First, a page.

A well-stocked and well-arranged chemistry lab tends to accumulate localized collections of one specific part that wind up looking like a page from a scientific supplies catalog.
The most senior faculty member in St. Lawrence University’s Department of Chemistry is preparing to retire and I selected this image to present to him. (Shhh, keep it a secret for a few more days.) He often looks out from Johnson Hall of Science, the building in the foreground, north towards the older parts of campus (like the chapel spire above the horizon.) In this image, I hopefully captured for him both where he stands and what he sees so that he can take them with him when he goes.
I often show what I think of as the front of Johnson Hall of Science, but inspection of this image (particularly the top of the brick wing on the left) shows that the building’s name, and thus its front, are on this side. The dramatic glass structures extending between and out from the wings lend credence to the idea.
I’ve been capturing images of Johnson Hall of six years, and though the building itself stays the same, the trees outside have shifted and grown (and some died) over time. Time marches on.
I’ve taken many pictures of St. Lawrence University’s Johnson Hall, particularly at night—its sheer glass face looks particularly stunning when fully illuminated. After years at the school, I’ve realized the degree to which those pictures have aged; the trees outside no longer take the same form and the whole setting of the structure is now. After more than five years at St. Lawrence, perhaps I need to begin revisiting other structures, too.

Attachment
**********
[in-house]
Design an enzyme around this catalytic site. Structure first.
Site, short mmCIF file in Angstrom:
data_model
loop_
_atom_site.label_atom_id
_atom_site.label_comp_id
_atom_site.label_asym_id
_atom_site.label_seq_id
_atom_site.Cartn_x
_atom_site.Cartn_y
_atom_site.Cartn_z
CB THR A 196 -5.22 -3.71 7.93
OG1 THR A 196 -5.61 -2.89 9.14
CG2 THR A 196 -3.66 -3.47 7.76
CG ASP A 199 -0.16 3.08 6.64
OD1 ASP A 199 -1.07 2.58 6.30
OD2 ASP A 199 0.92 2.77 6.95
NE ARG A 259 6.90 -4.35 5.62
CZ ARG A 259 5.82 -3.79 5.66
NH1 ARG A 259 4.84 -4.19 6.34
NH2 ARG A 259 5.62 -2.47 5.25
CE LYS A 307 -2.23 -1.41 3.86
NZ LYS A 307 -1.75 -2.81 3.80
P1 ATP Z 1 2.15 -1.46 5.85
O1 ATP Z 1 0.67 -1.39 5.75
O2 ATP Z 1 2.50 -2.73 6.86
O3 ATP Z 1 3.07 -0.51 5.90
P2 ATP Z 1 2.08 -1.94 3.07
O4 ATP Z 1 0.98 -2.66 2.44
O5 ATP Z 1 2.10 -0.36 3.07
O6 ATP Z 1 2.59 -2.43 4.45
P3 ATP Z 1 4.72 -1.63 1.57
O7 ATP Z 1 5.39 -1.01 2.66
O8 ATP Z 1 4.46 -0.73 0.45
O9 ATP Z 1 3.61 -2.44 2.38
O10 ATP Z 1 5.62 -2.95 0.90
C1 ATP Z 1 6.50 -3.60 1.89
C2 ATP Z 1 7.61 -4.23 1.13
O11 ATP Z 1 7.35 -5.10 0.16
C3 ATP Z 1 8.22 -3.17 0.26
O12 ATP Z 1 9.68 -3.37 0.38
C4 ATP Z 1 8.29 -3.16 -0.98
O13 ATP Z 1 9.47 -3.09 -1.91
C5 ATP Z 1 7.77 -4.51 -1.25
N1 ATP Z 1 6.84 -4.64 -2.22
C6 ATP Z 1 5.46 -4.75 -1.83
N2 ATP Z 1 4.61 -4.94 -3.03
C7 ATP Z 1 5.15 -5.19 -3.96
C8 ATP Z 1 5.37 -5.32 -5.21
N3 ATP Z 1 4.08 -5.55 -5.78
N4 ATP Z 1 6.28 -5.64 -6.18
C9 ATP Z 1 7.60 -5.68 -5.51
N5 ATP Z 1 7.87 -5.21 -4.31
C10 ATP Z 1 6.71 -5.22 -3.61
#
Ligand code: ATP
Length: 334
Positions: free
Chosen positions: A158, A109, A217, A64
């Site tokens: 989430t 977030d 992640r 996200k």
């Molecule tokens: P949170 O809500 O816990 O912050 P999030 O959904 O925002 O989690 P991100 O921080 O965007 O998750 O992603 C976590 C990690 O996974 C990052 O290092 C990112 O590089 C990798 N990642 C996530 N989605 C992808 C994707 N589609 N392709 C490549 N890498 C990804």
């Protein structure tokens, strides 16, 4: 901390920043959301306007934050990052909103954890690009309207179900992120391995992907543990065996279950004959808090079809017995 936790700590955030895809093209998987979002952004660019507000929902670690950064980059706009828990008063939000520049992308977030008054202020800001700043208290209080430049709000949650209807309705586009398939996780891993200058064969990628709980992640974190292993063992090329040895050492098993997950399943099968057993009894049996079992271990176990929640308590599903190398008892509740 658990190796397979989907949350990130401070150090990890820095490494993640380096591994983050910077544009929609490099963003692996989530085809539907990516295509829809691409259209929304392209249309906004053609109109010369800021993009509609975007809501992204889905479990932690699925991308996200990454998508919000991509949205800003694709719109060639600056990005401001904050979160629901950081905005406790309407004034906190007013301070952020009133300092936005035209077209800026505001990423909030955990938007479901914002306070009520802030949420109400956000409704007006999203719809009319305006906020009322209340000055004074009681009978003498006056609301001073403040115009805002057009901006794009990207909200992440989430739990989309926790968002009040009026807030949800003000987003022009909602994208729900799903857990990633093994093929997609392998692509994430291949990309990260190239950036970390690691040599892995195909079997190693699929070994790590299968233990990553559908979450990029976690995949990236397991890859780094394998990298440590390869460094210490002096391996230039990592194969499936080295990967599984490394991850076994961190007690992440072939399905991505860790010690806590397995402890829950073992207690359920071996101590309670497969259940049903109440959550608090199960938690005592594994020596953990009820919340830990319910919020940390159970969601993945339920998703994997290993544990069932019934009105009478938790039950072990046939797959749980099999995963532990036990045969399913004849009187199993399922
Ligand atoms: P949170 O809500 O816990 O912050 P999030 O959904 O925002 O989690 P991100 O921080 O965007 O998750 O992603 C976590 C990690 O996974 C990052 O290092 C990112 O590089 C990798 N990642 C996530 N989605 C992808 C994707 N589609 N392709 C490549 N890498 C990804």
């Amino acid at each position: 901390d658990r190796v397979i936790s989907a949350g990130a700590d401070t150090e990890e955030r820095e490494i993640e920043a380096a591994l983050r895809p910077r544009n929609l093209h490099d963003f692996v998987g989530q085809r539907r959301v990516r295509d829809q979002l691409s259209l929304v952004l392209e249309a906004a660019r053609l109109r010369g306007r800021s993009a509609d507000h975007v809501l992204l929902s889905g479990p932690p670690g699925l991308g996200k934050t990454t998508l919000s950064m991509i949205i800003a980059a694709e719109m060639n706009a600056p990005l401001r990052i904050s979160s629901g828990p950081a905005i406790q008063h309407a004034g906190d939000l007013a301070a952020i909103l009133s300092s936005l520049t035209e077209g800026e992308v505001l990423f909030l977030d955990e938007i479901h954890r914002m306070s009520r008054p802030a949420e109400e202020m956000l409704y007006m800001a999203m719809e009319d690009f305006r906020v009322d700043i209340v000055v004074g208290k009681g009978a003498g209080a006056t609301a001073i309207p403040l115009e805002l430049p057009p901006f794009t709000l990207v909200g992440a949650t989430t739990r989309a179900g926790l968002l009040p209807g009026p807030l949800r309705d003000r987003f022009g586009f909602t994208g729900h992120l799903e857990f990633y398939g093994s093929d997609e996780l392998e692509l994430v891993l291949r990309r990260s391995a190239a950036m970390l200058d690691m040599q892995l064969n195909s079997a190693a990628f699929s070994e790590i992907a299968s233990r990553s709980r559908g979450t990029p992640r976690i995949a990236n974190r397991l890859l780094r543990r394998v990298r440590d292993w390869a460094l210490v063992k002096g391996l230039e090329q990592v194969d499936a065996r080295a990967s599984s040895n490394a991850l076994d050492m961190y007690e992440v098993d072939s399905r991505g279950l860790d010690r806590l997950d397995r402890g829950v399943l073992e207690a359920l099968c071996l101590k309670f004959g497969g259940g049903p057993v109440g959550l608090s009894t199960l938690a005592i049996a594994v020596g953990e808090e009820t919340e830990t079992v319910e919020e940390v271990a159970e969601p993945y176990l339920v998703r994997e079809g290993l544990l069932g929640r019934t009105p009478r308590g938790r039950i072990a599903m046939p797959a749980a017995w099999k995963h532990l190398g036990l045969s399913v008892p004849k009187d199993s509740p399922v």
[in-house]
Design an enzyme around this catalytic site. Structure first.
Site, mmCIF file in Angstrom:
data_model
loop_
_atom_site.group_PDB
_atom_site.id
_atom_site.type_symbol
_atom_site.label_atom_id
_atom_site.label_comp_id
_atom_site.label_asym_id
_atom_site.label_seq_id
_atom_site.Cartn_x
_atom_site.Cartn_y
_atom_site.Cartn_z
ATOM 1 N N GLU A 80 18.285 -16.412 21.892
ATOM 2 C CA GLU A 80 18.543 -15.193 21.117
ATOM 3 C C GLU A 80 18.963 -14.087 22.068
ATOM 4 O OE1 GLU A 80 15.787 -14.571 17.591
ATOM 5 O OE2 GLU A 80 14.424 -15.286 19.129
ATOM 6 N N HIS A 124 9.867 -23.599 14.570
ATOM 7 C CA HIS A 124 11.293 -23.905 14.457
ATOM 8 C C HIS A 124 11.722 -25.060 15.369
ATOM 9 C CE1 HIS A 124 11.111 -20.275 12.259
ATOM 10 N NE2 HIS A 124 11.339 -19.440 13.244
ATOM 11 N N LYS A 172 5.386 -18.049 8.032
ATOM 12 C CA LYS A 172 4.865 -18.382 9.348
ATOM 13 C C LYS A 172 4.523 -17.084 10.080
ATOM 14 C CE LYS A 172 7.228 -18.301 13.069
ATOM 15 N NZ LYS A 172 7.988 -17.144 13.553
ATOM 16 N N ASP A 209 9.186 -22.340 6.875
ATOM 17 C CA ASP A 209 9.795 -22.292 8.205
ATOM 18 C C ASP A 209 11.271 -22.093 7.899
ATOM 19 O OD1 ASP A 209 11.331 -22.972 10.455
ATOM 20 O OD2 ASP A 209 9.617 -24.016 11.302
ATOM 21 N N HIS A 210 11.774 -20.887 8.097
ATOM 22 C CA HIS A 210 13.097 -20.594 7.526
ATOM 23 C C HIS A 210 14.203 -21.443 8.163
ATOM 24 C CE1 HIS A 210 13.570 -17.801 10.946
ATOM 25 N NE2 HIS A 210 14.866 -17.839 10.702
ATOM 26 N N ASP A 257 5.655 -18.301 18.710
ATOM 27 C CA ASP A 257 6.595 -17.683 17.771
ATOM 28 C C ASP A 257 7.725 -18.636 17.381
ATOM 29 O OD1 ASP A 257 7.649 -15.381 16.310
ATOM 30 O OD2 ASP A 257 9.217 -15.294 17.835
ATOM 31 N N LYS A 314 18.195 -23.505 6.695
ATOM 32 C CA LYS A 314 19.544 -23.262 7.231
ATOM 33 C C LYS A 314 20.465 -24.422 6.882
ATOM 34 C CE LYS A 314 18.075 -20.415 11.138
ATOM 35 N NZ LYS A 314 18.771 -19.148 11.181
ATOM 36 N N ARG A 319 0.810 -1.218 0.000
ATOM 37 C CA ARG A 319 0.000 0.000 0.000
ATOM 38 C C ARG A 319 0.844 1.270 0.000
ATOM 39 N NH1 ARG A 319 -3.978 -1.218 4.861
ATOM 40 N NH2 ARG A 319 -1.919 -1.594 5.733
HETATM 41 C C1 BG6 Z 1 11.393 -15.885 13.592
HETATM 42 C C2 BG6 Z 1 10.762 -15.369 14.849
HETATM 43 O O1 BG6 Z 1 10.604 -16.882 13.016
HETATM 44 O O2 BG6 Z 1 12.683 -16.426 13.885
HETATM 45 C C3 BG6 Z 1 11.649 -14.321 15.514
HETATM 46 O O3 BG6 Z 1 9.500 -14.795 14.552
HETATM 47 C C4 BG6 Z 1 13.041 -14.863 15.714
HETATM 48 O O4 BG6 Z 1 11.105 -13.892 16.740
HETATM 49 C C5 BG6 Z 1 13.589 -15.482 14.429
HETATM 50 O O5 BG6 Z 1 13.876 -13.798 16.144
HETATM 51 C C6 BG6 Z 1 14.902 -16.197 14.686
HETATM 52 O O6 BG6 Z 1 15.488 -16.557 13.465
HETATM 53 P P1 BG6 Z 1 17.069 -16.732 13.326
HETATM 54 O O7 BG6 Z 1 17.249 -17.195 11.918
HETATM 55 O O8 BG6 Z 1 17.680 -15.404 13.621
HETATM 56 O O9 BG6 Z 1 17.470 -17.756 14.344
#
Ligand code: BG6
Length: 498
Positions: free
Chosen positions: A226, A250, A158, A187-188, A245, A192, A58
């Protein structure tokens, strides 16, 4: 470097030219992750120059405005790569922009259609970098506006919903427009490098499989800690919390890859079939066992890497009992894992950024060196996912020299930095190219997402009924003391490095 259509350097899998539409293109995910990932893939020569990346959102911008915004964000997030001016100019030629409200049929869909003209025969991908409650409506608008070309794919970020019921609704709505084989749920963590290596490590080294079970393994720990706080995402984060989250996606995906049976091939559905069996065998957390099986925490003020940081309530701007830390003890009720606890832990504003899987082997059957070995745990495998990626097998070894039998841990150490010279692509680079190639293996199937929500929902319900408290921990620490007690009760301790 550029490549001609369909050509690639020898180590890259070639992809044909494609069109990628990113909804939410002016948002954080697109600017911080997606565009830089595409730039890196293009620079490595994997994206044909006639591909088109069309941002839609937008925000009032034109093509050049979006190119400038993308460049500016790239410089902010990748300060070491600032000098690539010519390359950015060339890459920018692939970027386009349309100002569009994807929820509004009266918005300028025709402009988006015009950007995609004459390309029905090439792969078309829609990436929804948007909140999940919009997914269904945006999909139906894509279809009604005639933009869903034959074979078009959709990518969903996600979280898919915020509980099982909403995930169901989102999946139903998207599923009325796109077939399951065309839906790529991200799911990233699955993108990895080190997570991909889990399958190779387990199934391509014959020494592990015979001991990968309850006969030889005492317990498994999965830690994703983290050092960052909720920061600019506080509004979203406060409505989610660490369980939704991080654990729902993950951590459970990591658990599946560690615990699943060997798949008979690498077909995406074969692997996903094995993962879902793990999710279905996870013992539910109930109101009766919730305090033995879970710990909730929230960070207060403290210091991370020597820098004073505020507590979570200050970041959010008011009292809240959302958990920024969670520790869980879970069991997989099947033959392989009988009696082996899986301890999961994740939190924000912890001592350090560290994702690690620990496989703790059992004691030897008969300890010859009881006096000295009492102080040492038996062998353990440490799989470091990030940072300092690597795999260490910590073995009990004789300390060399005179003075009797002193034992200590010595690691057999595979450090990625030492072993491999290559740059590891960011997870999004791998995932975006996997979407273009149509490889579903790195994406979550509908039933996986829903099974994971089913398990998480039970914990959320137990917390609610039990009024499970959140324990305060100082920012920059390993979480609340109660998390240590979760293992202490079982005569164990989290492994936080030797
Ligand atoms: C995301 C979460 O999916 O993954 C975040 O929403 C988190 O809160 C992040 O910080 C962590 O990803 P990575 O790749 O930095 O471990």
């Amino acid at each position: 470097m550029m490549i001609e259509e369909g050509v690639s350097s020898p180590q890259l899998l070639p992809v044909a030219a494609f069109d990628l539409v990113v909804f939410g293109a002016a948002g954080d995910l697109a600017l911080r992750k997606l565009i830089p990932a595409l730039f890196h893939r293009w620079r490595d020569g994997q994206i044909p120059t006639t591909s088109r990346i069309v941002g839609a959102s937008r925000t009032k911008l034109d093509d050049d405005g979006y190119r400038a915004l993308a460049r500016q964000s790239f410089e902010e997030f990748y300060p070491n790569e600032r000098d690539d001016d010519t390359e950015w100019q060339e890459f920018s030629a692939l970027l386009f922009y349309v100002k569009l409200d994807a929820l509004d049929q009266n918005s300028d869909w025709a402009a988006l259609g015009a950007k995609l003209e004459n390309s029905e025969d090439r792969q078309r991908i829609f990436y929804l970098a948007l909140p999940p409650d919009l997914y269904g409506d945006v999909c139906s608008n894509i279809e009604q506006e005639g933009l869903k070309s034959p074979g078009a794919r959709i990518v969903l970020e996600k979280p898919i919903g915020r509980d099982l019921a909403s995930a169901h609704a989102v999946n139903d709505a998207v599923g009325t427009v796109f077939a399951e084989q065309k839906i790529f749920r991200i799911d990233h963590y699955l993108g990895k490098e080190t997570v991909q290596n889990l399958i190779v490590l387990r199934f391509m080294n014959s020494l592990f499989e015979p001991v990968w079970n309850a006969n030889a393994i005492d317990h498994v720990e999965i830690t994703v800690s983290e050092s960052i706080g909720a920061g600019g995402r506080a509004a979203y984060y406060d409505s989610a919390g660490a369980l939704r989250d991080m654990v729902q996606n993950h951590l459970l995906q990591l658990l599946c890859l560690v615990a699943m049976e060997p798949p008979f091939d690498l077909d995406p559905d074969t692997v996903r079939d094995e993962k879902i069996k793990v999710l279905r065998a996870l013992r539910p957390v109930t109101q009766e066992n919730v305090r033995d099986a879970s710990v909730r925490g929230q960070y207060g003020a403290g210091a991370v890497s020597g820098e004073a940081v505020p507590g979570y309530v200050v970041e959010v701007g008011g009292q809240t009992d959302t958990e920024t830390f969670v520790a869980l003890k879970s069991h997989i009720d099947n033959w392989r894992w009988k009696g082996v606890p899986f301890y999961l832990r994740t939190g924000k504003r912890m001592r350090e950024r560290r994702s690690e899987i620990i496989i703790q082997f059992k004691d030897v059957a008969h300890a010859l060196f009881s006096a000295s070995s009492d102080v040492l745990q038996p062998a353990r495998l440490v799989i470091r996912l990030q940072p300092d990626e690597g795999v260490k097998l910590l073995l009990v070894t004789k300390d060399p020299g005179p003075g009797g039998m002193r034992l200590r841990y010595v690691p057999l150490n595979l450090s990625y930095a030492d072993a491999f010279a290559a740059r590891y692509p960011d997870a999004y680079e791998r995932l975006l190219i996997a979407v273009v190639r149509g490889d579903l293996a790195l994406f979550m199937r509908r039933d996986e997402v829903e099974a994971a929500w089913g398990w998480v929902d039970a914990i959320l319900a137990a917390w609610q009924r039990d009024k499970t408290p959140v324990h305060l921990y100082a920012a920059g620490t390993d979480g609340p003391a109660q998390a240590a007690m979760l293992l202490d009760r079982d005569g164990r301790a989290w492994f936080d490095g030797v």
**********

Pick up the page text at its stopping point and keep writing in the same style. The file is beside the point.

The benefit of teaching early morning classes: I’m finally (routinely) up for the sunrise. Even when the morning is cold and my fingers don’t want to be operating a camera, the fall and the clouds and the trees conspire to make Johnson Hall of Science (a frequent subject) look like paradise.
St. Lawrence University celebrated Parents’ Weekend on Saturday with a gorgeous fireworks display on the south side of campus. Conveniently, this is the sky above Johnson Hall of Science. The combination of architectural textures, floral fireworks patterns, and fall foliage make for an image that would be more at home in a video game than reality.
St. Lawrence University’s Johnson Hall of Science is a lovely, brand-new science building (particularly appreciated by chemists who prefer not to work in the miasma of their predecessors’ experiments.) The aesthetic benefits are supplemented by olfactory ones: in addition to excellent ventilation inside, the exterior of the building is surrounded by wild grasses and flowers that energize me the moment I step outside.
When viewed at night, the luminous quality of the glass facade lends the place a storybook look that I think HDR captures perfectly.